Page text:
Thursday, April 6, 2023 4:30 PM to 7:00 PM EDT
The historic uprising in the wake of the murder of George Floyd transformed the way Americans and the world think about race and policing. Why did it achieve so little in the way of substantive reforms? Cedric Johnson’s new book, After Black Lives Matter, argues that the failure to leave an institutional residue was not simply due to the mercurial and reactive character of the protests. Rather, the core of the movement itself failed to locate the central racial injustice that underpins the crisis of policing: socio-economic inequality. Contemporary policing reflects the turn from welfare to domestic warfare as the chief means of regulating the excluded and oppressed. Rather than abolishing police, After Black Lives Matter argues for abolishing the conditions of alienation and exploitation contemporary policing exists to manage.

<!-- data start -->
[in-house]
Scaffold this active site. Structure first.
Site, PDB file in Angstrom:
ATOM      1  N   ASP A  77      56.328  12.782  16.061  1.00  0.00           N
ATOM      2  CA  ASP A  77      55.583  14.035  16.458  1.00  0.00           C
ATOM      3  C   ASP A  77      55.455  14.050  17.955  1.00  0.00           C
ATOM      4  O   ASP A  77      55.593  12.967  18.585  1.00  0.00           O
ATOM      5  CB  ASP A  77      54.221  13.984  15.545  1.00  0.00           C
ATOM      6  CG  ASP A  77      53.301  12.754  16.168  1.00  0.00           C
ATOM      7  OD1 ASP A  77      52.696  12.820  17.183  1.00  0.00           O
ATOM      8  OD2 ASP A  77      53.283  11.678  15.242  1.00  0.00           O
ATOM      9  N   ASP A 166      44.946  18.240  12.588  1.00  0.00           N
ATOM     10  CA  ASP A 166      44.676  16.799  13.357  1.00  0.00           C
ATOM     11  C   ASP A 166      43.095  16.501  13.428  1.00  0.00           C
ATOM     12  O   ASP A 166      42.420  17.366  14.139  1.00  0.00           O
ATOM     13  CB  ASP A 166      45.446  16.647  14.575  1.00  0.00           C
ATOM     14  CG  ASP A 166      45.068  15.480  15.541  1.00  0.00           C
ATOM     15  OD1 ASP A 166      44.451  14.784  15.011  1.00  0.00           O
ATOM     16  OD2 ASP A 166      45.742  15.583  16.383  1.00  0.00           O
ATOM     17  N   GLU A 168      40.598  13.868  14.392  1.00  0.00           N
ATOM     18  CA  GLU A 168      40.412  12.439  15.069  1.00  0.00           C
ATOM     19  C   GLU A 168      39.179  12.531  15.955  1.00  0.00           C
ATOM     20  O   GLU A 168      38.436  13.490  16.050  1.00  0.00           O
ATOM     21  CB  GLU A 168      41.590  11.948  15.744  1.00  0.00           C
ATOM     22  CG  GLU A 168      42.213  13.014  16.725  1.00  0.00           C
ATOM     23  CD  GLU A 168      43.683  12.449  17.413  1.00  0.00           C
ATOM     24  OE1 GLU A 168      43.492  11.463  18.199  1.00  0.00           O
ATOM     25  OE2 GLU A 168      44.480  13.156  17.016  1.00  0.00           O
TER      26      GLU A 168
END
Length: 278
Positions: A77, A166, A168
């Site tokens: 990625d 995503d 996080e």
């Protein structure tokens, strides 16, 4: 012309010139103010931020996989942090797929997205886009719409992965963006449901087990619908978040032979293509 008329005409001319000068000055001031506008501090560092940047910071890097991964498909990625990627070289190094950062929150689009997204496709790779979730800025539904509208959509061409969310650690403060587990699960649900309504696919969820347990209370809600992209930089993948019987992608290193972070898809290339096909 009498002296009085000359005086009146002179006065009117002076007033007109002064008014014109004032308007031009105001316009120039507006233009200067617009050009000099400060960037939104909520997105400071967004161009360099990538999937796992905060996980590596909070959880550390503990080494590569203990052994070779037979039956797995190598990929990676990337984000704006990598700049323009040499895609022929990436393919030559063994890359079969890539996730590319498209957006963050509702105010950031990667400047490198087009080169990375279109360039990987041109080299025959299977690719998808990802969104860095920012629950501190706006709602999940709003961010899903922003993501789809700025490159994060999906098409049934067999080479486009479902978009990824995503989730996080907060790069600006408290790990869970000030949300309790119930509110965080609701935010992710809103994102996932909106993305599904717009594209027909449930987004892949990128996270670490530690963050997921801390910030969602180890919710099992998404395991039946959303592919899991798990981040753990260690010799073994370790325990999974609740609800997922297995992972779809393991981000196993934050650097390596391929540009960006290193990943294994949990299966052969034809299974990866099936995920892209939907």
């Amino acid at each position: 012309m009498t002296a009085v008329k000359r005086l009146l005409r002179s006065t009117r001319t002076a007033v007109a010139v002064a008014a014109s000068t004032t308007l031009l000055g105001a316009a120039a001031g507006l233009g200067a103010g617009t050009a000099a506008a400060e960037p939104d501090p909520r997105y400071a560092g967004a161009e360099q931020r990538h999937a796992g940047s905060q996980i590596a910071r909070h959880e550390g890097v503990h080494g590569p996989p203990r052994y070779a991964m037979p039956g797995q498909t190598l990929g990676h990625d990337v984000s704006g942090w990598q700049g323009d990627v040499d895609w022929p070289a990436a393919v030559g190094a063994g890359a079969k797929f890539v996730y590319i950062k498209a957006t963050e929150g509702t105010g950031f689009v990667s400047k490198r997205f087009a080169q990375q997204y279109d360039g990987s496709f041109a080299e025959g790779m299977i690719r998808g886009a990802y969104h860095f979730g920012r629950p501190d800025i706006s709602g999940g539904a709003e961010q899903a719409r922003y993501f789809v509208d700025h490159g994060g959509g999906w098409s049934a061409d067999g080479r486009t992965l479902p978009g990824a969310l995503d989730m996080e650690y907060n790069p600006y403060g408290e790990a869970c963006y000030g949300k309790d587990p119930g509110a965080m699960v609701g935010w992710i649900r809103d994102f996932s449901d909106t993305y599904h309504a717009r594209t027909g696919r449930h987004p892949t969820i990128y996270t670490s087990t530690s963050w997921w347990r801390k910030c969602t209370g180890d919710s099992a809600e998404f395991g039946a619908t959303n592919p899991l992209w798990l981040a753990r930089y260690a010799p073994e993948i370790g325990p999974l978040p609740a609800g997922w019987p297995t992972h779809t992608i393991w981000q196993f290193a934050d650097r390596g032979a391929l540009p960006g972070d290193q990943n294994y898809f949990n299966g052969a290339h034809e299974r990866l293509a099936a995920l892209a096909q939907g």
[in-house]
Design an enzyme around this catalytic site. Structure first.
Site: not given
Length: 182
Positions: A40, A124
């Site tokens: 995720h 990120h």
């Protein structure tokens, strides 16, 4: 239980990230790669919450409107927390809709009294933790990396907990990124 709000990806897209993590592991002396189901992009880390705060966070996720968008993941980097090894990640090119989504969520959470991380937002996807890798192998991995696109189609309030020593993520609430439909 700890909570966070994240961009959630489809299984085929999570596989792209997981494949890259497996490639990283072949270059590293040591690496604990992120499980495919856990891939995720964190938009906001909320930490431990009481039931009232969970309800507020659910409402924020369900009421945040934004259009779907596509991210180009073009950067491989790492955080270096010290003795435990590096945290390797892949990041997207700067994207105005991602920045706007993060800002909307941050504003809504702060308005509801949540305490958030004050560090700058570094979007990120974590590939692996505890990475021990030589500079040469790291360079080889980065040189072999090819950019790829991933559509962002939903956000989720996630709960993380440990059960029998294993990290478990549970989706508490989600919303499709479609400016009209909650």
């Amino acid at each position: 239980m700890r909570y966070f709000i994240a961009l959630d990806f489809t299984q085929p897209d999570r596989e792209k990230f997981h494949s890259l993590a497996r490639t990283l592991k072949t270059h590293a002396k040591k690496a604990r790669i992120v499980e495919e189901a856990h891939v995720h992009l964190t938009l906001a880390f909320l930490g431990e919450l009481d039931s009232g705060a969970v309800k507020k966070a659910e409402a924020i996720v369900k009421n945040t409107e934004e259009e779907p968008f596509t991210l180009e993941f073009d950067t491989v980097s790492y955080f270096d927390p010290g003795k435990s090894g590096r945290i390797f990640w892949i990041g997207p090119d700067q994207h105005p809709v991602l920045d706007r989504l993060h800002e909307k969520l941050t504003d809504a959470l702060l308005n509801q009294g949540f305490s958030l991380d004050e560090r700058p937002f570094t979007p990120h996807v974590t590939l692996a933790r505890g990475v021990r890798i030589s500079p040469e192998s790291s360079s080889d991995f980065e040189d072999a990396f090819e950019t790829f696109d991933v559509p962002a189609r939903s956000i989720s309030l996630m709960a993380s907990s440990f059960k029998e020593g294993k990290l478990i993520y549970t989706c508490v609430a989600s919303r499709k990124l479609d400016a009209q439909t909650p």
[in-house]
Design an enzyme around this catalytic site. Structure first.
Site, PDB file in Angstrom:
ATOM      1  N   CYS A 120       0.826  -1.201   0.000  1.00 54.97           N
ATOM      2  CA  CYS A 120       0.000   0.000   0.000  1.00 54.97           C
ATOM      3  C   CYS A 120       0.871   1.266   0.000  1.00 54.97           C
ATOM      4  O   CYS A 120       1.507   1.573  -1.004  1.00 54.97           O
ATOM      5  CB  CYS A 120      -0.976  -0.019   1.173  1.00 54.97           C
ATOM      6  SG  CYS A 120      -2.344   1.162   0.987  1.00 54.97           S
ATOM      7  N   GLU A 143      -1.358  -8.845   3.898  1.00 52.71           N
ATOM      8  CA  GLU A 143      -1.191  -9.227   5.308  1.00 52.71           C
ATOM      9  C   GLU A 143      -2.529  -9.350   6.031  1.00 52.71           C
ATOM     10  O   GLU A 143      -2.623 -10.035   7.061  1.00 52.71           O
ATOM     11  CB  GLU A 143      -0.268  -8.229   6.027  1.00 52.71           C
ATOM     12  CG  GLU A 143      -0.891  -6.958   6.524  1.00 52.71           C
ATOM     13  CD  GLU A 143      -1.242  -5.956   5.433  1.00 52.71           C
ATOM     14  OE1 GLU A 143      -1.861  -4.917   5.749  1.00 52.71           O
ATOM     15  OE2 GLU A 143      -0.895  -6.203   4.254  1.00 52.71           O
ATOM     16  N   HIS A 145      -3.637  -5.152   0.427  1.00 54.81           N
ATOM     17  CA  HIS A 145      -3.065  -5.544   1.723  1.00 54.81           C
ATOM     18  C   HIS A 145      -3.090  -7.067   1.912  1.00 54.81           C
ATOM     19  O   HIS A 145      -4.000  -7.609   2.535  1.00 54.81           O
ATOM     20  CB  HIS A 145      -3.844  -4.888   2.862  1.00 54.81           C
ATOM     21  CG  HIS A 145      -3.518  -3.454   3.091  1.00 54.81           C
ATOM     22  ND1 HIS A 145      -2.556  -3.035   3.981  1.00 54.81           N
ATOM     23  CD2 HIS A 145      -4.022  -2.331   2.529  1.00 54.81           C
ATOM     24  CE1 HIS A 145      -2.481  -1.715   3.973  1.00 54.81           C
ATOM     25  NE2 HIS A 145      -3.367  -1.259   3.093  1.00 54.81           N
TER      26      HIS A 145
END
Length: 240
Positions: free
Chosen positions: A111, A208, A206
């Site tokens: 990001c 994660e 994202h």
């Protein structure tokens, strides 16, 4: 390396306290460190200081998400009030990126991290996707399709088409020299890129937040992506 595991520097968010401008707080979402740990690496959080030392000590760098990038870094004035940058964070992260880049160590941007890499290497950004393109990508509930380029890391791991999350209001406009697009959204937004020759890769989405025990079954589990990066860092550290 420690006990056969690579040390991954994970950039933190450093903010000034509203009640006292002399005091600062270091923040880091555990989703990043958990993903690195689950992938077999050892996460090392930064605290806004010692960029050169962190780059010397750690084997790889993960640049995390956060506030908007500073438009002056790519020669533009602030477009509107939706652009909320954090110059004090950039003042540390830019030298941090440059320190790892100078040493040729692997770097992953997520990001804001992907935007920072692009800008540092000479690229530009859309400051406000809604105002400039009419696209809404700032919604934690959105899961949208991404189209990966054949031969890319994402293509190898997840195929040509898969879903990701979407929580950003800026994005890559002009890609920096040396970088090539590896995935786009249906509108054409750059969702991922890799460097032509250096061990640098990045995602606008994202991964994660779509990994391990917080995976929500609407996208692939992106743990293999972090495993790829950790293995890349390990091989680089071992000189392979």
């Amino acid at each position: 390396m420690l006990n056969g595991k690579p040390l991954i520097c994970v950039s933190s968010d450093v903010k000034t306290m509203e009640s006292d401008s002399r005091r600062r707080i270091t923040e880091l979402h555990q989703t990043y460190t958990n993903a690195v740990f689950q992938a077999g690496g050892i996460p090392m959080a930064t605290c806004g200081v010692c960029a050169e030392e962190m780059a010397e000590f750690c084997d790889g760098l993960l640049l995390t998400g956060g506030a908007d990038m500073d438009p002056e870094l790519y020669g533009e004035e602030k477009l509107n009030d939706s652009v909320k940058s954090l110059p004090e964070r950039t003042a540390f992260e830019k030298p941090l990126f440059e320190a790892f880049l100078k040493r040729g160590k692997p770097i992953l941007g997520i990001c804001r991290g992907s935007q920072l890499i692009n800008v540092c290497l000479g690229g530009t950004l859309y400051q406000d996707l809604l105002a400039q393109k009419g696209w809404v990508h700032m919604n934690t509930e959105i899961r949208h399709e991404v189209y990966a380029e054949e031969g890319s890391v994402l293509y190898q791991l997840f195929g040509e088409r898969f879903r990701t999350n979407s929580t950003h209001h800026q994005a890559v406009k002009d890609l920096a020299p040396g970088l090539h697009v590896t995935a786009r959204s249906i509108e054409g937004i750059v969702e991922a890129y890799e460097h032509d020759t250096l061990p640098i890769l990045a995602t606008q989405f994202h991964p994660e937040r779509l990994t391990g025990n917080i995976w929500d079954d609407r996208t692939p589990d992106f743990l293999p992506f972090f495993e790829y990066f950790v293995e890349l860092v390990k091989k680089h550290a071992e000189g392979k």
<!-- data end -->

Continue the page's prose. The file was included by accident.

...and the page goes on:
Cedric G. Johnson is associate professor of African American Studies and Political Science at the University of Illinois at Chicago. His books include Revolutionaries to Race Leaders: Black Power and the Making of African American Politics (the 2008 W.E.B. DuBois Outstanding Book of the Year by the National Conference of Black Political Scientists) and The Panthers Can’t Save Us Now: Debating Left Politics and Black Lives Matter.